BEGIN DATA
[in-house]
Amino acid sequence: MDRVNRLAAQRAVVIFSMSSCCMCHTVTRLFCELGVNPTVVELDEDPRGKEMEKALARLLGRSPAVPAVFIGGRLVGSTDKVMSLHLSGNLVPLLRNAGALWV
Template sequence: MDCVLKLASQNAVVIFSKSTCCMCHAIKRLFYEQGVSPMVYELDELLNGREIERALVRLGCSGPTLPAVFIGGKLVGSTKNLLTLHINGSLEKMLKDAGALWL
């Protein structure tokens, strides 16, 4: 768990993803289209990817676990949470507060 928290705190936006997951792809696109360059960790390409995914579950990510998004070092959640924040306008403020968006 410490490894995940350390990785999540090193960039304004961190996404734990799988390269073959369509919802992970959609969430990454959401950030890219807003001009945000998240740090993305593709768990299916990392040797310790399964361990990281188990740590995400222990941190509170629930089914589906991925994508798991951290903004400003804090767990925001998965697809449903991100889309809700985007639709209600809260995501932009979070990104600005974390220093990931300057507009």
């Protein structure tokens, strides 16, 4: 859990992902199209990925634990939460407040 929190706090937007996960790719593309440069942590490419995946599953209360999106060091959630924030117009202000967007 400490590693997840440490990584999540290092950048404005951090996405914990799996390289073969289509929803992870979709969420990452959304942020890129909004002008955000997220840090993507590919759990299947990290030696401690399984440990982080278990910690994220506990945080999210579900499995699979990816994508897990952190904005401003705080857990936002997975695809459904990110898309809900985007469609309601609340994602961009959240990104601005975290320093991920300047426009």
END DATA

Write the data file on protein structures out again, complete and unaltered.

[in-house]
Amino acid sequence: MDRVNRLAAQRAVVIFSMSSCCMCHTVTRLFCELGVNPTVVELDEDPRGKEMEKALARLLGRSPAVPAVFIGGRLVGSTDKVMSLHLSGNLVPLLRNAGALWV
Template sequence: MDCVLKLASQNAVVIFSKSTCCMCHAIKRLFYEQGVSPMVYELDELLNGREIERALVRLGCSGPTLPAVFIGGKLVGSTKNLLTLHINGSLEKMLKDAGALWL
């Protein structure tokens, strides 16, 4: 768990993803289209990817676990949470507060 928290705190936006997951792809696109360059960790390409995914579950990510998004070092959640924040306008403020968006 410490490894995940350390990785999540090193960039304004961190996404734990799988390269073959369509919802992970959609969430990454959401950030890219807003001009945000998240740090993305593709768990299916990392040797310790399964361990990281188990740590995400222990941190509170629930089914589906991925994508798991951290903004400003804090767990925001998965697809449903991100889309809700985007639709209600809260995501932009979070990104600005974390220093990931300057507009």
């Protein structure tokens, strides 16, 4: 859990992902199209990925634990939460407040 929190706090937007996960790719593309440069942590490419995946599953209360999106060091959630924030117009202000967007 400490590693997840440490990584999540290092950048404005951090996405914990799996390289073969289509929803992870979709969420990452959304942020890129909004002008955000997220840090993507590919759990299947990290030696401690399984440990982080278990910690994220506990945080999210579900499995699979990816994508897990952190904005401003705080857990936002997975695809459904990110898309809900985007469609309601609340994602961009959240990104601005975290320093991920300047426009």